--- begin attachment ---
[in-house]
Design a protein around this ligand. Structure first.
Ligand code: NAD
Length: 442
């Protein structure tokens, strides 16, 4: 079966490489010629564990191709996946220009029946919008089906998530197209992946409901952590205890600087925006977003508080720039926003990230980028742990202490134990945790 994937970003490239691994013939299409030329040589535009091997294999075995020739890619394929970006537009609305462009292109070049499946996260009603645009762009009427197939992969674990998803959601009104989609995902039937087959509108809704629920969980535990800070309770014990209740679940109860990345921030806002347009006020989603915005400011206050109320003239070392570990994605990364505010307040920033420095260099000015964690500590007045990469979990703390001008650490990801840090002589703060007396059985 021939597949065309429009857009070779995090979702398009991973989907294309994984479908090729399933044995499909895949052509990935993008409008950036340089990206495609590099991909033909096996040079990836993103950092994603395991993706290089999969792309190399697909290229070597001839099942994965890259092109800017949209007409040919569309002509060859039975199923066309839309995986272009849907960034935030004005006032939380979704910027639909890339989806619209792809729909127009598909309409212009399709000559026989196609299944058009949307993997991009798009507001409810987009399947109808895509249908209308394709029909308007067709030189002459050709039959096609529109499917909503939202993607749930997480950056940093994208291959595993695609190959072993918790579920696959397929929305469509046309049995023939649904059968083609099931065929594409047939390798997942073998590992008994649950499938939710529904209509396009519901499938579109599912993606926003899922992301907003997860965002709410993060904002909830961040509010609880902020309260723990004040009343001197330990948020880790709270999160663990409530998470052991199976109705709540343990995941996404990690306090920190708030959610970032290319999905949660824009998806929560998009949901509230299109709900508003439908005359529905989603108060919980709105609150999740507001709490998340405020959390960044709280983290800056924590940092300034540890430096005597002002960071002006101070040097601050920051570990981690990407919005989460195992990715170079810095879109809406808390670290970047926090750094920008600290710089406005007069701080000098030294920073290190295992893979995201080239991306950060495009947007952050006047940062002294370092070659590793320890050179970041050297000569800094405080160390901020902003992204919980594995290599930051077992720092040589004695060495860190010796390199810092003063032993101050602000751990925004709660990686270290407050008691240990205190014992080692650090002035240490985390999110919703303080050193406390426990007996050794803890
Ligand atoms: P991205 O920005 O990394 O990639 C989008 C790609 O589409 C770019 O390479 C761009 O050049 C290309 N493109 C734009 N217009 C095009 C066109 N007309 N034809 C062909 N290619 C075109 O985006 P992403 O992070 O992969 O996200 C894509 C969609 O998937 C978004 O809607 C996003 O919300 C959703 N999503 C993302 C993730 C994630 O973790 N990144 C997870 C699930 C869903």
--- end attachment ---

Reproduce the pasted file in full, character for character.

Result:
[in-house]
Design a protein around this ligand. Structure first.
Ligand code: NAD
Length: 442
């Protein structure tokens, strides 16, 4: 079966490489010629564990191709996946220009029946919008089906998530197209992946409901952590205890600087925006977003508080720039926003990230980028742990202490134990945790 994937970003490239691994013939299409030329040589535009091997294999075995020739890619394929970006537009609305462009292109070049499946996260009603645009762009009427197939992969674990998803959601009104989609995902039937087959509108809704629920969980535990800070309770014990209740679940109860990345921030806002347009006020989603915005400011206050109320003239070392570990994605990364505010307040920033420095260099000015964690500590007045990469979990703390001008650490990801840090002589703060007396059985 021939597949065309429009857009070779995090979702398009991973989907294309994984479908090729399933044995499909895949052509990935993008409008950036340089990206495609590099991909033909096996040079990836993103950092994603395991993706290089999969792309190399697909290229070597001839099942994965890259092109800017949209007409040919569309002509060859039975199923066309839309995986272009849907960034935030004005006032939380979704910027639909890339989806619209792809729909127009598909309409212009399709000559026989196609299944058009949307993997991009798009507001409810987009399947109808895509249908209308394709029909308007067709030189002459050709039959096609529109499917909503939202993607749930997480950056940093994208291959595993695609190959072993918790579920696959397929929305469509046309049995023939649904059968083609099931065929594409047939390798997942073998590992008994649950499938939710529904209509396009519901499938579109599912993606926003899922992301907003997860965002709410993060904002909830961040509010609880902020309260723990004040009343001197330990948020880790709270999160663990409530998470052991199976109705709540343990995941996404990690306090920190708030959610970032290319999905949660824009998806929560998009949901509230299109709900508003439908005359529905989603108060919980709105609150999740507001709490998340405020959390960044709280983290800056924590940092300034540890430096005597002002960071002006101070040097601050920051570990981690990407919005989460195992990715170079810095879109809406808390670290970047926090750094920008600290710089406005007069701080000098030294920073290190295992893979995201080239991306950060495009947007952050006047940062002294370092070659590793320890050179970041050297000569800094405080160390901020902003992204919980594995290599930051077992720092040589004695060495860190010796390199810092003063032993101050602000751990925004709660990686270290407050008691240990205190014992080692650090002035240490985390999110919703303080050193406390426990007996050794803890
Ligand atoms: P991205 O920005 O990394 O990639 C989008 C790609 O589409 C770019 O390479 C761009 O050049 C290309 N493109 C734009 N217009 C095009 C066109 N007309 N034809 C062909 N290619 C075109 O985006 P992403 O992070 O992969 O996200 C894509 C969609 O998937 C978004 O809607 C996003 O919300 C959703 N999503 C993302 C993730 C994630 O973790 N990144 C997870 C699930 C869903």